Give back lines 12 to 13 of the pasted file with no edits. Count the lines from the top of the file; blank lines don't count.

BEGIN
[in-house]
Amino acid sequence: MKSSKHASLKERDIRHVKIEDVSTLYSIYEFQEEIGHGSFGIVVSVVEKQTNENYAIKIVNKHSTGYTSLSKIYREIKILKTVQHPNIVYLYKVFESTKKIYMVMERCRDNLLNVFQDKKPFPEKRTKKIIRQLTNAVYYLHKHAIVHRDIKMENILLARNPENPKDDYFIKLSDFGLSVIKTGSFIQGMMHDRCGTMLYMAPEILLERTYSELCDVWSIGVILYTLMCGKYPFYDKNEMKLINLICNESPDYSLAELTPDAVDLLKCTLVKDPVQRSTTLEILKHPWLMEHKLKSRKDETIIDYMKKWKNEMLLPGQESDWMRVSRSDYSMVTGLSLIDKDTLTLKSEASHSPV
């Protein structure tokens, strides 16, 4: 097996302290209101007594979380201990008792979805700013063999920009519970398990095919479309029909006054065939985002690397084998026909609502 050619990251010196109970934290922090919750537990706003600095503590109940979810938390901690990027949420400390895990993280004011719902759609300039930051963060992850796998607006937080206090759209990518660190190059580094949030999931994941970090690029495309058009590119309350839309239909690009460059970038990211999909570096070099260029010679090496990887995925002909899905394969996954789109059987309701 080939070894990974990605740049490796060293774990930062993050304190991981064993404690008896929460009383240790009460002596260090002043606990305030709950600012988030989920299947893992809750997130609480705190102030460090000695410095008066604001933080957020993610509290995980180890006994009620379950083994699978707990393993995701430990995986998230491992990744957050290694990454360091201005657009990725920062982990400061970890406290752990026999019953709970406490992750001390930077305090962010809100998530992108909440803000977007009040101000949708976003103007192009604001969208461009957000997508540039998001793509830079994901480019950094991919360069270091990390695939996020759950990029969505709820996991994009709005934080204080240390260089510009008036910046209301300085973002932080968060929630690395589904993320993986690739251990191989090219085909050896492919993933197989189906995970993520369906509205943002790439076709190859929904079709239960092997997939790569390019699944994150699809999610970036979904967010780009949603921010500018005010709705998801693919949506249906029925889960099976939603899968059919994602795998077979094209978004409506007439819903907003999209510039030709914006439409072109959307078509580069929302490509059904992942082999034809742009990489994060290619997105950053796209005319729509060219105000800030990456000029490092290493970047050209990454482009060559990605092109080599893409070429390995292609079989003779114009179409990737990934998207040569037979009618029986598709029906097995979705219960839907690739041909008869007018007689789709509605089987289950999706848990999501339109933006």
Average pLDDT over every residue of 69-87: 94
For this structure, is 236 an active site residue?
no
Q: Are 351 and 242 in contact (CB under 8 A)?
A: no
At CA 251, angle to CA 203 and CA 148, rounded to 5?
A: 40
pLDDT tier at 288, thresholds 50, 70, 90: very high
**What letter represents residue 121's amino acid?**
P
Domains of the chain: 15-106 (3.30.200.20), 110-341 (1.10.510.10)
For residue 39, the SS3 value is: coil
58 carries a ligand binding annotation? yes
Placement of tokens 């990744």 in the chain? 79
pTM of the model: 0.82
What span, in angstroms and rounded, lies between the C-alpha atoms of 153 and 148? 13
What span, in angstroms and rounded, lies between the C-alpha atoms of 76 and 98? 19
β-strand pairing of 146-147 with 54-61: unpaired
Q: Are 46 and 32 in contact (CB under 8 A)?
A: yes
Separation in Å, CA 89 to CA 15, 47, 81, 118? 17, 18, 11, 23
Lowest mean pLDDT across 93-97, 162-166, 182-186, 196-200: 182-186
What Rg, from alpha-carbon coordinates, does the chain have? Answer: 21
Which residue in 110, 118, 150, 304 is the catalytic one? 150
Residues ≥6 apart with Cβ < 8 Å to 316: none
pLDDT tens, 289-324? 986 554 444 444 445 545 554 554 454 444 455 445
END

**What letter represents residue 121's amino acid?**
P